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20 All monitors are not created equal. (Macintosh hardware)


This article is from the Macintosh hardware FAQ, by Elliotte Rusty Harold elharo@shock.njit.edu with numerous contributions by others.

20 All monitors are not created equal. (Macintosh hardware)

Choosing a Mac monitor used to be simple. Like the Model-T Ford you
could have any color you wanted as long as it was black (and white),
9", 512 by 342 pixels, 72 dpi. The PC drones made fun of the small
size and lack of color, but it was obvious to any unprejudiced person
who looked at a Macintosh that its display was far superior to the
CGA and EGA monitors being foisted on ignorant PC consumers. Mac
monitors are no longer so simple. Now one needs to be concerned with
such arcana as resolution, size, bit depth, dot pitch, and refresh

Size is the most obvious characteristic of a monitor. It's measured
diagonally from one corner of the screen to the opposite corner.
Actual monitor area is roughly proportional to the square of the
diagonal length so a twenty-inch monitor is more than four times as
large as a nine-inch monitor. Most manufacturers cheat on their
monitor sizes by measuring from one corner of the screen (or even the
case) to the other rather than from one edge of the visible display
to the other. Then they round up to the nearest inch with the result
that most "fourteen-inch monitors" are closer to twelve and a half
inches when measured truthfully. For many years Apple was one of the
most honest manufacturers, advertising it's twelve and a half inch
monitor as a thirteen inch monitor while other manufacturers touted
their "larger fourteen-inch" twelve and a half inch monitors.
However Apple has succumbed to the pressures of the market, and like
everyone else it now advertises twelve and a half inch monitors as
"fourteen inch displays."

Of course it's not the size that matters; it's how you use it.
Resolution defines how much information can be squeezed onto the
screen. Most monitors sold today are "multi-sync"; that is they are
capable of displaying more than one resolution. A fifteen inch
monitor at 1024 by 768 pixels displays two and a half times as much
information as the same monitor at 640 by 480 pixels. However
everything will appear smaller at the larger resolution since the
monitor has to fit more pixels into the same space. The clearest
resolution for a monitor is whatever comes closest to fitting 72
pixels (or dots) into each inch. This is the dpi rating of the
monitor. 72 dpi is the proper "WYSIWIG" (Pronounced Whizzy-wig, What
you see is what you get) resolution though some people prefer to
work at a higher resolution that fits more information on the screen.
Here are the WYSIWIG resolutions for common monitor sizes. If you do
the math you'll notice that the resolutions seem too small for the
given size. That's because I've listed sizes here in their commonly
advertised form rather than by the actual paintable area on the

                  Size         WYSIWIG Resolution
                    9             512 by 342
                   12             512 by 384
             13,14,15             640 by 480
                16,17             832 by 624
                   20            1024 by 768
                   21            1152 by 870
                   25            1280 by 1024

Resolution and bit depth define how much you can see on your screen.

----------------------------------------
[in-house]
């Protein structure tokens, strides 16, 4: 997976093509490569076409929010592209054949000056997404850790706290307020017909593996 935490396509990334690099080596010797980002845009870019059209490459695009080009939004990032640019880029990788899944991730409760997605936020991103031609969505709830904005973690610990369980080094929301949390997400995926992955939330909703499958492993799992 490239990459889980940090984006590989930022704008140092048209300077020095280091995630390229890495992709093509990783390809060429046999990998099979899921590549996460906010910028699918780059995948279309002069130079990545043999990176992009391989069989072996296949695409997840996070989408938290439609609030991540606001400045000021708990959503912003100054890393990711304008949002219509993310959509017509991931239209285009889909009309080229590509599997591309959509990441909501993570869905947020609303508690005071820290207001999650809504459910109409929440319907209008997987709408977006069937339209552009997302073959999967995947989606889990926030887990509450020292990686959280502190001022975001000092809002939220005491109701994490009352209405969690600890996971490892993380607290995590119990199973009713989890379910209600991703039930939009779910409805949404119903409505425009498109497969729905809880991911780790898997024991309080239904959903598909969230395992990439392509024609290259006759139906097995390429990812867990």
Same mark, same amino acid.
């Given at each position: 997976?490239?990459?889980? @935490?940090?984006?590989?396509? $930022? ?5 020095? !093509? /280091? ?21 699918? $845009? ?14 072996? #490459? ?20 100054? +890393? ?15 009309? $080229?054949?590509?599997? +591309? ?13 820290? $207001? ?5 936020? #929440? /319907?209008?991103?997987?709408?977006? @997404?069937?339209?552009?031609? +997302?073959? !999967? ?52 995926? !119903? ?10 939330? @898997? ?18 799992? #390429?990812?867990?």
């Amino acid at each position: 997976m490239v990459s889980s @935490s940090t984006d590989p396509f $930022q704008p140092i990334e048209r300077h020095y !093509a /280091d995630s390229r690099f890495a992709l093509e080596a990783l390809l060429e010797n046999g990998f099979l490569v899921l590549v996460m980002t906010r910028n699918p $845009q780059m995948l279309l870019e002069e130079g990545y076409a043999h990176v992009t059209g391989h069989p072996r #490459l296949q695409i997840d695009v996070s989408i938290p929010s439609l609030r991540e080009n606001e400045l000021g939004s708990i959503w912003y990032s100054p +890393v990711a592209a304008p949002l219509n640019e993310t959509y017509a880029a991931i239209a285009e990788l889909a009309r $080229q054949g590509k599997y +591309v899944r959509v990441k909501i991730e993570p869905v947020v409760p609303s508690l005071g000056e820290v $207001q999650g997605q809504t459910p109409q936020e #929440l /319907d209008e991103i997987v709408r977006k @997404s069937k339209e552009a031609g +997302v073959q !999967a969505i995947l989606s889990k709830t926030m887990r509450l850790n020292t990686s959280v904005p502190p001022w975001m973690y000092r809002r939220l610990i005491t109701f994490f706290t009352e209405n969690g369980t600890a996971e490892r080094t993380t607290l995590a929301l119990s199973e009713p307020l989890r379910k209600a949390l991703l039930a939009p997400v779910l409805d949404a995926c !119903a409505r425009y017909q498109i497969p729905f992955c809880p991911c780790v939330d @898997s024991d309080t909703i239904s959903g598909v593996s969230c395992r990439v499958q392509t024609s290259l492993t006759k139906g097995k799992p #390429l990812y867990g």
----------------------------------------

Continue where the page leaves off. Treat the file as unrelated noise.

Dot pitch defines how well you can see it. It's the distance between
the holes in the grille through which the electrons are pushed before
impacting on the screen phosphors. Larger dot pitches look fuzzier.
Trinitron monitors paint the picture in lines rather than dots so
this doesn't really apply to them. However the "line stripe" of a
Trinitron display means almost the same thing in practice as dot
pitch does for other monitors, and most salespeople and copywriters
are happy to confuse the two for you. A .25 mm stripe pitch is
very close to a .28 mm dot pitch. Most monitors have dot pitches
of .39 mm, .28 mm, or .25 mm. The larger the dot pitch the fuzzier
your screen looks. .39 mm dot pitch monitors (the standard in the PC
world) look bad. .28 mm dot pitch monitors are acceptable for all
but the most demanding users. .25 mm is the best dot pitch available
with current technology, and really only necessary when you're driving
a small (15") monitor at a very high (1024 by 768) resolution.

Refresh rate also affects how clear the picture appears. 72 Hz is the
standard refresh rate for Mac monitors. That means the screen is
repainted 72 times a second, more than twice as fast as your TV
screen. A few monitors even repaint at an 80 Hz refresh rate though
I suspect that's overkill for all but the most sensitive eyes.
However many cheaper PC monitors have refresh rates of 60 Hz or even
less. This begins to reach the level that contributes to eyestrain.
Worse yet these monitors are interlaced, which means that only half
of the screen is redrawn on each pass. Interlaced monitors have a
visible flicker effect, and should be avoided at all costs. Leave
them on the shelves for the deluded PC users who think saving $50 on
a monitor is worth spending $500 at the optometrist.

Most Mac monitors are at least 69 dpi, 0.29 mm dot pitch with refresh
rates of 72 Hz. This is acceptable for most work. The only common
exception is the Apple Basic Color Monitor. This was Apple's VGA
monitor for low cost systems and was laughed out of the marketplace.
(At the time it was the standard in the PC world which gives you some
idea of the lower standards on the other side of the fence.)


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